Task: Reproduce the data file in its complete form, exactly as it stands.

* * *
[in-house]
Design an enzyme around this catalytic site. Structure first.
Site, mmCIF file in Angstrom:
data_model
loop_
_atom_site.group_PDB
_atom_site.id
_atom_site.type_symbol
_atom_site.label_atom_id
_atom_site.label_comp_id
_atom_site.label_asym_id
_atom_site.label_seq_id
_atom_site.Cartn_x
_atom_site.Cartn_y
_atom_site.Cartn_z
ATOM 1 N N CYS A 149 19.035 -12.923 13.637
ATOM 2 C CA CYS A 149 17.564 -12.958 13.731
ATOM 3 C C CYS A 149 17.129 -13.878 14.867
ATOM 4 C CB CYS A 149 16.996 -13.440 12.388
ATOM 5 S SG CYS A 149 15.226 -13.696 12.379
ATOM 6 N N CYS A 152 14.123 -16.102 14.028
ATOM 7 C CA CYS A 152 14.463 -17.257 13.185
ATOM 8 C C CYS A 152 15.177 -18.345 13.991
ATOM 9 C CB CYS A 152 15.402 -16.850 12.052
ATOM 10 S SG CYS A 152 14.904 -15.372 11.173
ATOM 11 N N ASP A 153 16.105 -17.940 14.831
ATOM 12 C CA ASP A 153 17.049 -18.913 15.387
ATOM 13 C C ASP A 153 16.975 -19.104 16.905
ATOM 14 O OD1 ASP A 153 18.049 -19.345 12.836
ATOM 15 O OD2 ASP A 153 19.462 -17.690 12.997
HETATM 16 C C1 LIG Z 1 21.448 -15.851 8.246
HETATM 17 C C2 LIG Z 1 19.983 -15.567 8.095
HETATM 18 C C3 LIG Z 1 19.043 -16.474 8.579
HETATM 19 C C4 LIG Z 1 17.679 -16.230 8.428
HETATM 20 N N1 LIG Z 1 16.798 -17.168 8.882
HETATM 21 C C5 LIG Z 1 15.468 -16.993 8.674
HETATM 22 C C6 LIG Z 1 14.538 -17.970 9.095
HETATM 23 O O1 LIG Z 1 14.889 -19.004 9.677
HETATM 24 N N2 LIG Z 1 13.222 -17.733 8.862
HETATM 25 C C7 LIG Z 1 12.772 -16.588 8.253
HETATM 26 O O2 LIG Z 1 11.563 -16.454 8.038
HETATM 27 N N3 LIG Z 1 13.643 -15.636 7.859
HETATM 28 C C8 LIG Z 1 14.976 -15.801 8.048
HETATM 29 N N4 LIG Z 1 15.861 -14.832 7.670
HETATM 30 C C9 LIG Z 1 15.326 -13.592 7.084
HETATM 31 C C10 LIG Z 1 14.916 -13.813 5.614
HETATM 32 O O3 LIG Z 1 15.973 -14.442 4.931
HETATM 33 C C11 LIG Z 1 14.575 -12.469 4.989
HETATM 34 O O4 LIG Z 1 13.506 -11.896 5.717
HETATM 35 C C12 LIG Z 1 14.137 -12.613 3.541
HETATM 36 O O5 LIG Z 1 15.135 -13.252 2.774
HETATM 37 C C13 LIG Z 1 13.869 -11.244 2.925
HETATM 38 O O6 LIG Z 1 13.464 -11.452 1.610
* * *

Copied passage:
[in-house]
Design an enzyme around this catalytic site. Structure first.
Site, mmCIF file in Angstrom:
data_model
loop_
_atom_site.group_PDB
_atom_site.id
_atom_site.type_symbol
_atom_site.label_atom_id
_atom_site.label_comp_id
_atom_site.label_asym_id
_atom_site.label_seq_id
_atom_site.Cartn_x
_atom_site.Cartn_y
_atom_site.Cartn_z
ATOM 1 N N CYS A 149 19.035 -12.923 13.637
ATOM 2 C CA CYS A 149 17.564 -12.958 13.731
ATOM 3 C C CYS A 149 17.129 -13.878 14.867
ATOM 4 C CB CYS A 149 16.996 -13.440 12.388
ATOM 5 S SG CYS A 149 15.226 -13.696 12.379
ATOM 6 N N CYS A 152 14.123 -16.102 14.028
ATOM 7 C CA CYS A 152 14.463 -17.257 13.185
ATOM 8 C C CYS A 152 15.177 -18.345 13.991
ATOM 9 C CB CYS A 152 15.402 -16.850 12.052
ATOM 10 S SG CYS A 152 14.904 -15.372 11.173
ATOM 11 N N ASP A 153 16.105 -17.940 14.831
ATOM 12 C CA ASP A 153 17.049 -18.913 15.387
ATOM 13 C C ASP A 153 16.975 -19.104 16.905
ATOM 14 O OD1 ASP A 153 18.049 -19.345 12.836
ATOM 15 O OD2 ASP A 153 19.462 -17.690 12.997
HETATM 16 C C1 LIG Z 1 21.448 -15.851 8.246
HETATM 17 C C2 LIG Z 1 19.983 -15.567 8.095
HETATM 18 C C3 LIG Z 1 19.043 -16.474 8.579
HETATM 19 C C4 LIG Z 1 17.679 -16.230 8.428
HETATM 20 N N1 LIG Z 1 16.798 -17.168 8.882
HETATM 21 C C5 LIG Z 1 15.468 -16.993 8.674
HETATM 22 C C6 LIG Z 1 14.538 -17.970 9.095
HETATM 23 O O1 LIG Z 1 14.889 -19.004 9.677
HETATM 24 N N2 LIG Z 1 13.222 -17.733 8.862
HETATM 25 C C7 LIG Z 1 12.772 -16.588 8.253
HETATM 26 O O2 LIG Z 1 11.563 -16.454 8.038
HETATM 27 N N3 LIG Z 1 13.643 -15.636 7.859
HETATM 28 C C8 LIG Z 1 14.976 -15.801 8.048
HETATM 29 N N4 LIG Z 1 15.861 -14.832 7.670
HETATM 30 C C9 LIG Z 1 15.326 -13.592 7.084
HETATM 31 C C10 LIG Z 1 14.916 -13.813 5.614
HETATM 32 O O3 LIG Z 1 15.973 -14.442 4.931
HETATM 33 C C11 LIG Z 1 14.575 -12.469 4.989
HETATM 34 O O4 LIG Z 1 13.506 -11.896 5.717
HETATM 35 C C12 LIG Z 1 14.137 -12.613 3.541
HETATM 36 O O5 LIG Z 1 15.135 -13.252 2.774
HETATM 37 C C13 LIG Z 1 13.869 -11.244 2.925
HETATM 38 O O6 LIG Z 1 13.464 -11.452 1.610